NYSSPE has partnered with Sem-Train, LLC - New York State Approved Sponsor
Cost: $325 Members / $350 Non-Members
This seminar or course covers principles of electricity in a simple, easy to understand, format. It is themed after a book published by the instructor, titled: “Electrical Engineering for non-Electrical Engineers.” In the book, as well as this seminar, Rauf uses simple analogies and practical, day to day, examples to illustrate the, otherwise, abstract concepts of electrical engineering. Upon attending this course, participants will be able to perform straightforward and common calculations associated with voltage, current, resistance, circuit analysis, DC, single phase AC, three phase AC, power, power factor, service factor, load factor, and much more.
Practical examples of electrical equipment applications,
in industrial, commercial and institutional settings are covered. Discussions
on electrical equipment, components, safety electronic devices, and test
instrumentation are included. Important concepts in electrical safety are
introduced. This course is designed for engineers, professional engineers,
energy professionals, engineering managers, technical professionals, facilities
managers and other professionals who are not intimately familiar or current on
electrical engineering principles and practices.
Learning Objectives & Take-Aways
1. After attending this course, you will know the principles and concepts associated with AC and DC electricity, and the distinction between these two realms of electricity. This understanding can be used to apply appropriate mathematics and physics premised techniques, principles and equations for analysing AC and DC systems, in electronics and electrical power domains.
2. You will know the role played by voltage and current angles in the determination of power factor. The science and engineering theory behind power factor is illustrated using the vector method, graphical representation of voltage and current as a function of time and angle. Participants learn to apply different methods for calculating leading and lagging power factors.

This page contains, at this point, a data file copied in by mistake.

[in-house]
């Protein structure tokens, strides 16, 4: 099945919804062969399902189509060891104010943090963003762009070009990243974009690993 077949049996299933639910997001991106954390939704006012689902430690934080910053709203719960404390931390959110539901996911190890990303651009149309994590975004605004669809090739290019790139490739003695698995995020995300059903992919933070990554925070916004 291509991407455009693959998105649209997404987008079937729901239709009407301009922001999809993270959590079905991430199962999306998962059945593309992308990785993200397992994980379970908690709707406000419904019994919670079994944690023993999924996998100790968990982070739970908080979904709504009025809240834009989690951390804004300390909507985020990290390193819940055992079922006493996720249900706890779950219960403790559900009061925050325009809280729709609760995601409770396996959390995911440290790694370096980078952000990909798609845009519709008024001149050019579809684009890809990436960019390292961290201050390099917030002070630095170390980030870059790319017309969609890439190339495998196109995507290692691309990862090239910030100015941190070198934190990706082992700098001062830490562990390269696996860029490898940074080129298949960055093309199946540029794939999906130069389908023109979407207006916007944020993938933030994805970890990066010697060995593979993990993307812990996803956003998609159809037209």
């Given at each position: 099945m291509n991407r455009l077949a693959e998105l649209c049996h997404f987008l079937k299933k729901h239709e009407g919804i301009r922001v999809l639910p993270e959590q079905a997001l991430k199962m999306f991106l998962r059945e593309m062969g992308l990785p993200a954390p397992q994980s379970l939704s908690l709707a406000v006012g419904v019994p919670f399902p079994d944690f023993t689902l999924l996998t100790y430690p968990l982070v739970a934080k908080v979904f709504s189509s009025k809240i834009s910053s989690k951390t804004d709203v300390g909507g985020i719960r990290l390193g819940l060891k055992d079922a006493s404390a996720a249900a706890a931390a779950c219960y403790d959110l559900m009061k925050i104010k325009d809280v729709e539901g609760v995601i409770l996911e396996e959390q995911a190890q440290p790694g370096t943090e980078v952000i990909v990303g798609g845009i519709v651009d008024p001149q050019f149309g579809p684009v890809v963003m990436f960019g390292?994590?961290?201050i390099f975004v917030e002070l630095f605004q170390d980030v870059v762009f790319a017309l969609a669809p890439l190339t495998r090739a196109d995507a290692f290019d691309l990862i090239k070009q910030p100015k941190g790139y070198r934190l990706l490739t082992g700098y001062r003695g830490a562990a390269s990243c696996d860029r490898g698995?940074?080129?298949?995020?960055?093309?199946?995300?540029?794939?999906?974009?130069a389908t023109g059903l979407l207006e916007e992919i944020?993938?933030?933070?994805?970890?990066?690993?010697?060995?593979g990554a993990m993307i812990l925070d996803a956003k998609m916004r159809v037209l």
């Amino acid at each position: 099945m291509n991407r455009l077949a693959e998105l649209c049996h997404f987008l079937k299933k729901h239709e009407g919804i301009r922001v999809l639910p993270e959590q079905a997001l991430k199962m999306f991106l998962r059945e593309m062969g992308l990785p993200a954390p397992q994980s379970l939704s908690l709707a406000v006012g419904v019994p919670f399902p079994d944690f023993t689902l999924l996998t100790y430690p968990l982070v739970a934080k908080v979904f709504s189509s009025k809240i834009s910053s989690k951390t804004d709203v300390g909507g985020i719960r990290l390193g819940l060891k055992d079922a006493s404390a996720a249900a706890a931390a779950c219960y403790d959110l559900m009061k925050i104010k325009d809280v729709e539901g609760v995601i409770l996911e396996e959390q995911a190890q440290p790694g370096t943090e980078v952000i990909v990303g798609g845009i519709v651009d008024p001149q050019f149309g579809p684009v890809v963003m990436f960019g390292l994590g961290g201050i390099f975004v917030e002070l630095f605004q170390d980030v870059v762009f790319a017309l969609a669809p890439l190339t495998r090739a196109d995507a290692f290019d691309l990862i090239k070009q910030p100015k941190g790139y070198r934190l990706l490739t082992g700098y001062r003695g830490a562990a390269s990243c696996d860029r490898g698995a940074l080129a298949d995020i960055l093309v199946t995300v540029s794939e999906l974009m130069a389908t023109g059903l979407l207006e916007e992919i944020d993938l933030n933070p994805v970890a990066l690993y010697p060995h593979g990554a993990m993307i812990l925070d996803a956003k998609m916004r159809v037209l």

3. You will understand how addition of power factor correcting capacitors results in improvement of power factors and the physics and engineering based explanation behind “addition of too much capacitance,” and how to avoid it.
4. You will be able to apply important electrical system concepts, such as, power quality, load factor and service factor, demand, peak demand, distinction between electrical energy and electrical power, and associated engineering computation formulas and methods.
5. You will know the difference between three-phase AC, “Y” and “∆ - Delta” configuration of loads and sources, and know the significance of these configurations from practical power distribution and application perspective.
6. You gain familiarity with power distribution equipment and instrumentation.
7. You will understand the role NEC, and NFPA 70 E, play in the field of electrical design, electrical safety and arc flash hazard.
8. You will learn how to interpret electrical one-line and comprehensive wiring diagrams.
9. You will understand how electrical power bills are calculated under large industrial and commercial contract scenarios, and take away some tips on electrical cost reduction.